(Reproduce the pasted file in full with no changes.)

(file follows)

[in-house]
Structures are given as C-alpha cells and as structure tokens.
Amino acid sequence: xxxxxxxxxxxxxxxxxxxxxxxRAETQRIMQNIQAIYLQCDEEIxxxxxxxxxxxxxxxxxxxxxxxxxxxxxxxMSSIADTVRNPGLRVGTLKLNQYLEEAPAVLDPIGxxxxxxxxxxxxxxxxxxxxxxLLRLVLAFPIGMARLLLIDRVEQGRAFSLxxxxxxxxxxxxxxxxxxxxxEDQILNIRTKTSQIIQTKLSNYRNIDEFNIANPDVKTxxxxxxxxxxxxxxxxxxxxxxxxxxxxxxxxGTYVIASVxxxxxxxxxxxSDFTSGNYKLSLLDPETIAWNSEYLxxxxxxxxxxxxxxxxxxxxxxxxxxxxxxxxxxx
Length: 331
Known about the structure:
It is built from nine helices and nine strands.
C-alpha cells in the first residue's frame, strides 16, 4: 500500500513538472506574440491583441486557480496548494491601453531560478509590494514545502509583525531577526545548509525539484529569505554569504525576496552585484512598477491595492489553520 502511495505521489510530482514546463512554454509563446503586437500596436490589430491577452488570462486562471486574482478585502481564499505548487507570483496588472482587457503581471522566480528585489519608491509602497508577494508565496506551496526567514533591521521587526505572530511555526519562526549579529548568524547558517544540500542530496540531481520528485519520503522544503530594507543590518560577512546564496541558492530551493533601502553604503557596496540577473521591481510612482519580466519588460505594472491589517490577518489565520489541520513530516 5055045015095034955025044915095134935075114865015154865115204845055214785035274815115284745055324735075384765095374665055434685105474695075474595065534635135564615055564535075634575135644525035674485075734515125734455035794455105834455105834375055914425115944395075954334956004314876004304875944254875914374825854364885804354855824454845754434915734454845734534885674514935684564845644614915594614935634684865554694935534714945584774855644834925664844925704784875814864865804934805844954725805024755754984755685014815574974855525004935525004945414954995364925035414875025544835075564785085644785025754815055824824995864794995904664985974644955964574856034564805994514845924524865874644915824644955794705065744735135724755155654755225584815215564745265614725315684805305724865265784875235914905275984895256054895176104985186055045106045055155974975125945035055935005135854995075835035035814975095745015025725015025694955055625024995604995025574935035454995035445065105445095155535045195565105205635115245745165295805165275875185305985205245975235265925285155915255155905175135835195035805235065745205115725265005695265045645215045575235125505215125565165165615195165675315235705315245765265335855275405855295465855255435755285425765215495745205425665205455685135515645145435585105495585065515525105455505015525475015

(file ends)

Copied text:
[in-house]
Structures are given as C-alpha cells and as structure tokens.
Amino acid sequence: xxxxxxxxxxxxxxxxxxxxxxxRAETQRIMQNIQAIYLQCDEEIxxxxxxxxxxxxxxxxxxxxxxxxxxxxxxxMSSIADTVRNPGLRVGTLKLNQYLEEAPAVLDPIGxxxxxxxxxxxxxxxxxxxxxxLLRLVLAFPIGMARLLLIDRVEQGRAFSLxxxxxxxxxxxxxxxxxxxxxEDQILNIRTKTSQIIQTKLSNYRNIDEFNIANPDVKTxxxxxxxxxxxxxxxxxxxxxxxxxxxxxxxxGTYVIASVxxxxxxxxxxxSDFTSGNYKLSLLDPETIAWNSEYLxxxxxxxxxxxxxxxxxxxxxxxxxxxxxxxxxxx
Length: 331
Known about the structure:
It is built from nine helices and nine strands.
C-alpha cells in the first residue's frame, strides 16, 4: 500500500513538472506574440491583441486557480496548494491601453531560478509590494514545502509583525531577526545548509525539484529569505554569504525576496552585484512598477491595492489553520 502511495505521489510530482514546463512554454509563446503586437500596436490589430491577452488570462486562471486574482478585502481564499505548487507570483496588472482587457503581471522566480528585489519608491509602497508577494508565496506551496526567514533591521521587526505572530511555526519562526549579529548568524547558517544540500542530496540531481520528485519520503522544503530594507543590518560577512546564496541558492530551493533601502553604503557596496540577473521591481510612482519580466519588460505594472491589517490577518489565520489541520513530516 5055045015095034955025044915095134935075114865015154865115204845055214785035274815115284745055324735075384765095374665055434685105474695075474595065534635135564615055564535075634575135644525035674485075734515125734455035794455105834455105834375055914425115944395075954334956004314876004304875944254875914374825854364885804354855824454845754434915734454845734534885674514935684564845644614915594614935634684865554694935534714945584774855644834925664844925704784875814864865804934805844954725805024755754984755685014815574974855525004935525004945414954995364925035414875025544835075564785085644785025754815055824824995864794995904664985974644955964574856034564805994514845924524865874644915824644955794705065744735135724755155654755225584815215564745265614725315684805305724865265784875235914905275984895256054895176104985186055045106045055155974975125945035055935005135854995075835035035814975095745015025725015025694955055625024995604995025574935035454995035445065105445095155535045195565105205635115245745165295805165275875185305985205245975235265925285155915255155905175135835195035805235065745205115725265005695265045645215045575235125505215125565165165615195165675315235705315245765265335855275405855295465855255435755285425765215495745205425665205455685135515645145435585105495585065515525105455505015525475015